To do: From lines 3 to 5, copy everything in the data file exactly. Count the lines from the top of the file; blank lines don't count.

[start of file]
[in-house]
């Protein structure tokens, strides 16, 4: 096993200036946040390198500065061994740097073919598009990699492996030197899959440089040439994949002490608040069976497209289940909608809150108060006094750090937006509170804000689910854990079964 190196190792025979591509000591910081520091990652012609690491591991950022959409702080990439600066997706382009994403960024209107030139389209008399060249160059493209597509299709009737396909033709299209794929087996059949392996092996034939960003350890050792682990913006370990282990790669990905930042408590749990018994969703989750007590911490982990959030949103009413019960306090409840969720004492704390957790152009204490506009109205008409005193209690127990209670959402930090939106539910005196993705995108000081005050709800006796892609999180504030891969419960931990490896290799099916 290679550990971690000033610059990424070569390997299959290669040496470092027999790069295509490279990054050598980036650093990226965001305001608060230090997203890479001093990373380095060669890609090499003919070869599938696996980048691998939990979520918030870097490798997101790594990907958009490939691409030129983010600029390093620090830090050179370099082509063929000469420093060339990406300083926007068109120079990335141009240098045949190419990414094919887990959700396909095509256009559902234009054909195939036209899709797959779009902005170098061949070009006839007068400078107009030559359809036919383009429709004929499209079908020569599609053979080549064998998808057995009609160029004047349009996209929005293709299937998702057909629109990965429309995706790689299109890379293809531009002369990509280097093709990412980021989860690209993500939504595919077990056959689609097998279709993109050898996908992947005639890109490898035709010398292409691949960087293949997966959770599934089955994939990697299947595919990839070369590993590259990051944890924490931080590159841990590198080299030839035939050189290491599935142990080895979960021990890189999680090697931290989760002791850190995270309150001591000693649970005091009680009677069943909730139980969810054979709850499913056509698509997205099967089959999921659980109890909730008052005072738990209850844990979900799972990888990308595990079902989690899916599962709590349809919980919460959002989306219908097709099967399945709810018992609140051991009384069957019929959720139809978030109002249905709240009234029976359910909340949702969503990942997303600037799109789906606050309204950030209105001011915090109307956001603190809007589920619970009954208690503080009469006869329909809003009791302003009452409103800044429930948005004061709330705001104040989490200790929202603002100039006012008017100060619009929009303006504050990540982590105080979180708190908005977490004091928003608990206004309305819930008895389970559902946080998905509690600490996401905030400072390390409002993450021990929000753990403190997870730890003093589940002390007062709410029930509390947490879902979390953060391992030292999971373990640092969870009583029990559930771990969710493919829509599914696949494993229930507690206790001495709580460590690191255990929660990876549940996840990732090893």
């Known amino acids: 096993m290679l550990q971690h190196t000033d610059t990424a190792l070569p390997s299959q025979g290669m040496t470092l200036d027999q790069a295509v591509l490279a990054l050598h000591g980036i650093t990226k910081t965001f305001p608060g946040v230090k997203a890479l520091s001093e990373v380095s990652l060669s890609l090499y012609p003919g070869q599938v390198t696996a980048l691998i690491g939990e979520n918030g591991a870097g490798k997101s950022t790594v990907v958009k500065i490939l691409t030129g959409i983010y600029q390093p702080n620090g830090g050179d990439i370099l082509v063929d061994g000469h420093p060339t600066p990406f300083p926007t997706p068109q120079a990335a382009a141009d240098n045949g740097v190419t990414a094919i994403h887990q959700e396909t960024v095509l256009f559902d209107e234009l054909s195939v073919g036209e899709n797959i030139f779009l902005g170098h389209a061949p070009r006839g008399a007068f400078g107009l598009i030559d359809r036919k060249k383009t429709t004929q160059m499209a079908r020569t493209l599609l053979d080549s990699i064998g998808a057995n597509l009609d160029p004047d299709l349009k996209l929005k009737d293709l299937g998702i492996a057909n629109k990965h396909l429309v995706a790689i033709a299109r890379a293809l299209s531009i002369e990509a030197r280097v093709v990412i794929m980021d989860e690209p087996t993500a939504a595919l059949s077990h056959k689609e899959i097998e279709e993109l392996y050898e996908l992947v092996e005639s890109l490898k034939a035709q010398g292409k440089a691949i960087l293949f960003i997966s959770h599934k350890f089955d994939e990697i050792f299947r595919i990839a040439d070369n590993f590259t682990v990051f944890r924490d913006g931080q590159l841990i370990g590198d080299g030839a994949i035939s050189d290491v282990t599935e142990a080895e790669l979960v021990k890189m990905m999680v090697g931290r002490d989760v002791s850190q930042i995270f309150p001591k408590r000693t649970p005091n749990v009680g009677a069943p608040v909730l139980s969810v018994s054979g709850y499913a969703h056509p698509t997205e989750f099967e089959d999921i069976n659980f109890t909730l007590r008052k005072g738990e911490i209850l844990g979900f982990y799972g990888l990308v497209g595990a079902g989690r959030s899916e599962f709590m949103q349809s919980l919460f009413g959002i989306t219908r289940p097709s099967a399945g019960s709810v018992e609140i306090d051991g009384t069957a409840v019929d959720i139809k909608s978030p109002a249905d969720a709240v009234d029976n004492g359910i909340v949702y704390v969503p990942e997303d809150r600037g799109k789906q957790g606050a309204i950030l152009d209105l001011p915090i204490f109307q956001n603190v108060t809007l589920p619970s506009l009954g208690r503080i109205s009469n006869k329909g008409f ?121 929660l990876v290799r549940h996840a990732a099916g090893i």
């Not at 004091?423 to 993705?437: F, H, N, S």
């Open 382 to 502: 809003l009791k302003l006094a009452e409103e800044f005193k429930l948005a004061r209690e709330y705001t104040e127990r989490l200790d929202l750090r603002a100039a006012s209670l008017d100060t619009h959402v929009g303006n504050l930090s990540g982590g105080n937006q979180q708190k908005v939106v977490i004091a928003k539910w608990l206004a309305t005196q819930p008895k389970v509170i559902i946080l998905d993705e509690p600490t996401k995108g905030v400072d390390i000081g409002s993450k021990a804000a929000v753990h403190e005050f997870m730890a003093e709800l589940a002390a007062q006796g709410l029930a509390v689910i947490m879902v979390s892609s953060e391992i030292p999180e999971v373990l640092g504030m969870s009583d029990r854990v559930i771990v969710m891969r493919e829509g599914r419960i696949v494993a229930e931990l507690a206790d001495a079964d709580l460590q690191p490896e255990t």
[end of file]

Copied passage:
């Known amino acids: 096993m290679l550990q971690h190196t000033d610059t990424a190792l070569p390997s299959q025979g290669m040496t470092l200036d027999q790069a295509v591509l490279a990054l050598h000591g980036i650093t990226k910081t965001f305001p608060g946040v230090k997203a890479l520091s001093e990373v380095s990652l060669s890609l090499y012609p003919g070869q599938v390198t696996a980048l691998i690491g939990e979520n918030g591991a870097g490798k997101s950022t790594v990907v958009k500065i490939l691409t030129g959409i983010y600029q390093p702080n620090g830090g050179d990439i370099l082509v063929d061994g000469h420093p060339t600066p990406f300083p926007t997706p068109q120079a990335a382009a141009d240098n045949g740097v190419t990414a094919i994403h887990q959700e396909t960024v095509l256009f559902d209107e234009l054909s195939v073919g036209e899709n797959i030139f779009l902005g170098h389209a061949p070009r006839g008399a007068f400078g107009l598009i030559d359809r036919k060249k383009t429709t004929q160059m499209a079908r020569t493209l599609l053979d080549s990699i064998g998808a057995n597509l009609d160029p004047d299709l349009k996209l929005k009737d293709l299937g998702i492996a057909n629109k990965h396909l429309v995706a790689i033709a299109r890379a293809l299209s531009i002369e990509a030197r280097v093709v990412i794929m980021d989860e690209p087996t993500a939504a595919l059949s077990h056959k689609e899959i097998e279709e993109l392996y050898e996908l992947v092996e005639s890109l490898k034939a035709q010398g292409k440089a691949i960087l293949f960003i997966s959770h599934k350890f089955d994939e990697i050792f299947r595919i990839a040439d070369n590993f590259t682990v990051f944890r924490d913006g931080q590159l841990i370990g590198d080299g030839a994949i035939s050189d290491v282990t599935e142990a080895e790669l979960v021990k890189m990905m999680v090697g931290r002490d989760v002791s850190q930042i995270f309150p001591k408590r000693t649970p005091n749990v009680g009677a069943p608040v909730l139980s969810v018994s054979g709850y499913a969703h056509p698509t997205e989750f099967e089959d999921i069976n659980f109890t909730l007590r008052k005072g738990e911490i209850l844990g979900f982990y799972g990888l990308v497209g595990a079902g989690r959030s899916e599962f709590m949103q349809s919980l919460f009413g959002i989306t219908r289940p097709s099967a399945g019960s709810v018992e609140i306090d051991g009384t069957a409840v019929d959720i139809k909608s978030p109002a249905d969720a709240v009234d029976n004492g359910i909340v949702y704390v969503p990942e997303d809150r600037g799109k789906q957790g606050a309204i950030l152009d209105l001011p915090i204490f109307q956001n603190v108060t809007l589920p619970s506009l009954g208690r503080i109205s009469n006869k329909g008409f ?121 929660l990876v290799r549940h996840a990732a099916g090893i």
């Not at 004091?423 to 993705?437: F, H, N, S």
């Open 382 to 502: 809003l009791k302003l006094a009452e409103e800044f005193k429930l948005a004061r209690e709330y705001t104040e127990r989490l200790d929202l750090r603002a100039a006012s209670l008017d100060t619009h959402v929009g303006n504050l930090s990540g982590g105080n937006q979180q708190k908005v939106v977490i004091a928003k539910w608990l206004a309305t005196q819930p008895k389970v509170i559902i946080l998905d993705e509690p600490t996401k995108g905030v400072d390390i000081g409002s993450k021990a804000a929000v753990h403190e005050f997870m730890a003093e709800l589940a002390a007062q006796g709410l029930a509390v689910i947490m879902v979390s892609s953060e391992i030292p999180e999971v373990l640092g504030m969870s009583d029990r854990v559930i771990v969710m891969r493919e829509g599914r419960i696949v494993a229930e931990l507690a206790d001495a079964d709580l460590q690191p490896e255990t």